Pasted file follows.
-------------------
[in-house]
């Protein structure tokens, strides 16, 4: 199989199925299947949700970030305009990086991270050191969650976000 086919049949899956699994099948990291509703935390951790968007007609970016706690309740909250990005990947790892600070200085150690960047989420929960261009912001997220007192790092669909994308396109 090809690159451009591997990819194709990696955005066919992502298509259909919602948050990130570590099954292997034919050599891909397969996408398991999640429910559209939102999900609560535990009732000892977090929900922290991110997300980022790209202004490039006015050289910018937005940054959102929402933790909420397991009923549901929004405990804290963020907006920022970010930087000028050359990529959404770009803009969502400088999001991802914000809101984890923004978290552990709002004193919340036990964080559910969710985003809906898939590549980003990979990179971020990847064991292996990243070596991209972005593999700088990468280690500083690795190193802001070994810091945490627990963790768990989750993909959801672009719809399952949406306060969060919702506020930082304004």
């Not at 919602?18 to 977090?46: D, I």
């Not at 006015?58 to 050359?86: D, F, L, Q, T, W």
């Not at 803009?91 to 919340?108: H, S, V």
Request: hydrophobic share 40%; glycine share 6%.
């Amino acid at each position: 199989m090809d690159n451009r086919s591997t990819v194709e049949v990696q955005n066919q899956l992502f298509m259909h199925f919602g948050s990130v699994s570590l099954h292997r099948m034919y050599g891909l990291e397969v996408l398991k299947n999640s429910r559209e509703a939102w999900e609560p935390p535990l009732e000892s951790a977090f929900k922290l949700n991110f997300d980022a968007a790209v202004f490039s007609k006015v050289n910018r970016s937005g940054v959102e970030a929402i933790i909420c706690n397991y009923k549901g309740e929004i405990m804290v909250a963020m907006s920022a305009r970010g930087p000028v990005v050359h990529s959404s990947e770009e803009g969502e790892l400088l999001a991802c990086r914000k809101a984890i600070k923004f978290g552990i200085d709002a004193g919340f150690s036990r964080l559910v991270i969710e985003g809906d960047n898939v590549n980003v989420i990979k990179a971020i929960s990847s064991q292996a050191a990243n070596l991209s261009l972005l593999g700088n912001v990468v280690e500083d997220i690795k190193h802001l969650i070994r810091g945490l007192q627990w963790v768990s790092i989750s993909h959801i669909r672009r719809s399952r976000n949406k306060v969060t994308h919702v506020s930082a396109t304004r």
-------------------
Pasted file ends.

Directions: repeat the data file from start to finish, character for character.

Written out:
[in-house]
């Protein structure tokens, strides 16, 4: 199989199925299947949700970030305009990086991270050191969650976000 086919049949899956699994099948990291509703935390951790968007007609970016706690309740909250990005990947790892600070200085150690960047989420929960261009912001997220007192790092669909994308396109 090809690159451009591997990819194709990696955005066919992502298509259909919602948050990130570590099954292997034919050599891909397969996408398991999640429910559209939102999900609560535990009732000892977090929900922290991110997300980022790209202004490039006015050289910018937005940054959102929402933790909420397991009923549901929004405990804290963020907006920022970010930087000028050359990529959404770009803009969502400088999001991802914000809101984890923004978290552990709002004193919340036990964080559910969710985003809906898939590549980003990979990179971020990847064991292996990243070596991209972005593999700088990468280690500083690795190193802001070994810091945490627990963790768990989750993909959801672009719809399952949406306060969060919702506020930082304004």
């Not at 919602?18 to 977090?46: D, I």
């Not at 006015?58 to 050359?86: D, F, L, Q, T, W």
């Not at 803009?91 to 919340?108: H, S, V």
Request: hydrophobic share 40%; glycine share 6%.
């Amino acid at each position: 199989m090809d690159n451009r086919s591997t990819v194709e049949v990696q955005n066919q899956l992502f298509m259909h199925f919602g948050s990130v699994s570590l099954h292997r099948m034919y050599g891909l990291e397969v996408l398991k299947n999640s429910r559209e509703a939102w999900e609560p935390p535990l009732e000892s951790a977090f929900k922290l949700n991110f997300d980022a968007a790209v202004f490039s007609k006015v050289n910018r970016s937005g940054v959102e970030a929402i933790i909420c706690n397991y009923k549901g309740e929004i405990m804290v909250a963020m907006s920022a305009r970010g930087p000028v990005v050359h990529s959404s990947e770009e803009g969502e790892l400088l999001a991802c990086r914000k809101a984890i600070k923004f978290g552990i200085d709002a004193g919340f150690s036990r964080l559910v991270i969710e985003g809906d960047n898939v590549n980003v989420i990979k990179a971020i929960s990847s064991q292996a050191a990243n070596l991209s261009l972005l593999g700088n912001v990468v280690e500083d997220i690795k190193h802001l969650i070994r810091g945490l007192q627990w963790v768990s790092i989750s993909h959801i669909r672009r719809s399952r976000n949406k306060v969060t994308h919702v506020s930082a396109t304004r």